A series of large-scale portraits of major Hellenistic rulers from the Villa dei Papiri at Herculaneum, which is famous for inspiring the design of the Getty Villa in California, have never before been shown before in the United States.

Pergamon 3

The Akropolis of Pergamon. By Friedrich (von) Thiersch, 1882, Pen and ink with watercolor on canvas, H. 78 in. (198 cm), W. 11 ft. 53/4 in. (350 cm), Antikensammlung, Staatliche Museen zu Berlin (Graph 91), Image: © SMB / Antikensammlung

They are the largest group of Hellenistic royal portrait sculptures and include the 13-foot Hellenistic marble statue of Athena Parthenos from Pergamon’s sanctuary of Athena, newly restored for this exhibition.

Rear-of-REconstructed-Athena-AthensOriginally standing in the Parthenon Temple, she stood some 38 feet high and was made of gold and ivory. She was depicted wearing a tunic, aegis and helmet, holding Nike, the Goddess of Victory in her extended right hand and a spear in her left.

Pergamon 1

Hair Ornament with Bust of Athena, Gold, red garnets, blue enamel, Greek, Hellenistic period, 2nd century B.C., D. 11.1 cm. , Athens, Benaki Museum (inv. no. 1556)

In addition, recently excavated works from Alexander’s birthplace of Macedonia suggest the sumptuous lifestyle and elaborate funerary practices of Hellenistic royalty led to the development of new institutions such as libraries and museums, which are today pillars of contemporary civilization.

Alexander’s retinue of court artists and extensive artistic patronage provided a model for his successors, the Hellenistic kings who were left to rule over much of his empire following his passing.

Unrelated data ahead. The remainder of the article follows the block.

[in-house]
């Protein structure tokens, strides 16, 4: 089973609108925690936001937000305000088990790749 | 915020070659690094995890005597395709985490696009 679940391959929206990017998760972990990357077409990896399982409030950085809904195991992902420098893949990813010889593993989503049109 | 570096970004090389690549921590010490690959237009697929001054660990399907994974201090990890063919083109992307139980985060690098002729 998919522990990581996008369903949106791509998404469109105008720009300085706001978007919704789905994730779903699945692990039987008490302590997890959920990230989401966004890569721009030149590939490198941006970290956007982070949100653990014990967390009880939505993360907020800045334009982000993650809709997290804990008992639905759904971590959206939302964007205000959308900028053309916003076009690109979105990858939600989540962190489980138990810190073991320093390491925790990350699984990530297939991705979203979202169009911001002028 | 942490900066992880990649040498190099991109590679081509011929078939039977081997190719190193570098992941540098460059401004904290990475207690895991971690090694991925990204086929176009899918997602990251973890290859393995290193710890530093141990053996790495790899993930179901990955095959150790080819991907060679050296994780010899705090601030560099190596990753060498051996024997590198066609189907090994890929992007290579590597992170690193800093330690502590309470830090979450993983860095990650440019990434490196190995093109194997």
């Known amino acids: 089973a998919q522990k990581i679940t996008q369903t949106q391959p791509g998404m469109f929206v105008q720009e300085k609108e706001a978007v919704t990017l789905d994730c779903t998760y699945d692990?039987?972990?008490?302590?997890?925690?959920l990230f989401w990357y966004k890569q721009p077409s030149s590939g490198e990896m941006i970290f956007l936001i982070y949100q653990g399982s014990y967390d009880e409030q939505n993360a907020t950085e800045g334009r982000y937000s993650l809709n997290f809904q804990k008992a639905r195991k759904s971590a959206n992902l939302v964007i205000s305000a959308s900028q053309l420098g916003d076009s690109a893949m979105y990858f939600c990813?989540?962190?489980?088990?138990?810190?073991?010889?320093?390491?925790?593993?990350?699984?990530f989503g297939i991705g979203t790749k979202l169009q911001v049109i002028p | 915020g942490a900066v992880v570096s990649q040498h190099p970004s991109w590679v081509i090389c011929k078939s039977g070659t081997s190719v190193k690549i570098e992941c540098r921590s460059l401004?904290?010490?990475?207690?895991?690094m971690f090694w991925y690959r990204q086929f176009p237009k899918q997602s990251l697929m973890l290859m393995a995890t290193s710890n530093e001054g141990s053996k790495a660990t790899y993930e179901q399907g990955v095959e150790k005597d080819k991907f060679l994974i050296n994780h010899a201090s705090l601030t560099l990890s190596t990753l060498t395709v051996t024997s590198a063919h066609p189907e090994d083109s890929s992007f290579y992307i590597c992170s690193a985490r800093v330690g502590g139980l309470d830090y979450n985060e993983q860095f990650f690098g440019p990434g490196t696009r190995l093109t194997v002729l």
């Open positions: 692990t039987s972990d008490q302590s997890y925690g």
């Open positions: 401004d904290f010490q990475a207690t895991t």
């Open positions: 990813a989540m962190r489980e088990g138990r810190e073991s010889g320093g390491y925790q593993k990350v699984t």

From the Adriatic to the Indus and in the new metropolises where Greek was spoken, the encounter between the Roman world and Greek Hellenistic art took place at a time when the former, which had until then concentrated on the initial stage of expansionism, was beginning to show an enthusiastic appreciation of beauty as an end in itself.

The formation of the Roman Empire and the complexity of its culture and arts are presented through portraits of historical figures, including Mithradates Eupator, Pompey, Julius Caesar, and Cleopatra.

Every age evolves its own characteristics of a culture to project an image and an architectural framework in which to display it.

Borghese KraterDuring the first century before the Christ event Rome became a dominant power in the Eastern Mediterranean.The Borghese Krater is an outstanding example of decorative arts created by Greek sculptors for display in sumptuous Roman residences.

Hellenistic artists fostered by their royal patrons influenced Roman Imperial art for centuries. Our contemporary custom of ‘thinking big’, at least in western modern terms, directly descends from an image, burned into our psyche, for that of a Roman Palace.

A small selection of furnishings evoking the lavish décor of Roman palaces includes mosaic floors; decorative sculpture; furniture of wood, marble, and bronze; and painted stucco walls, which feature figural scenes.

Of particular interest will be an exquisite sculpture of Juba II, who was brought to Rome as part of Caesar’s triumph over Numidia, educated there, and later restored to the throne by Augustus as a client king

Major new sculptural types including the Sleeping Hermaphrodite and so-called Worried Man, a portrait excavated on the Greek island of Delos, are an eloquent testament of the style of sculptural art, which appealed to Roman tastes of the time.

The exhibition concludes with the demise of the late Hellenistic rulers, whose power came to an end with the defeat of Cleopatra and Mark Antony at the Battle of Actium by Octavian the heir of Julius Caesar, who became the Roman Emperor Augustus.

Carolyn McDowall, The Culture Concept Circle, 2016

Pergamon and the Hellenistic Kingdoms of the Ancient World
The Met Fifth Avenue,
New York

April 18-July 10, 2016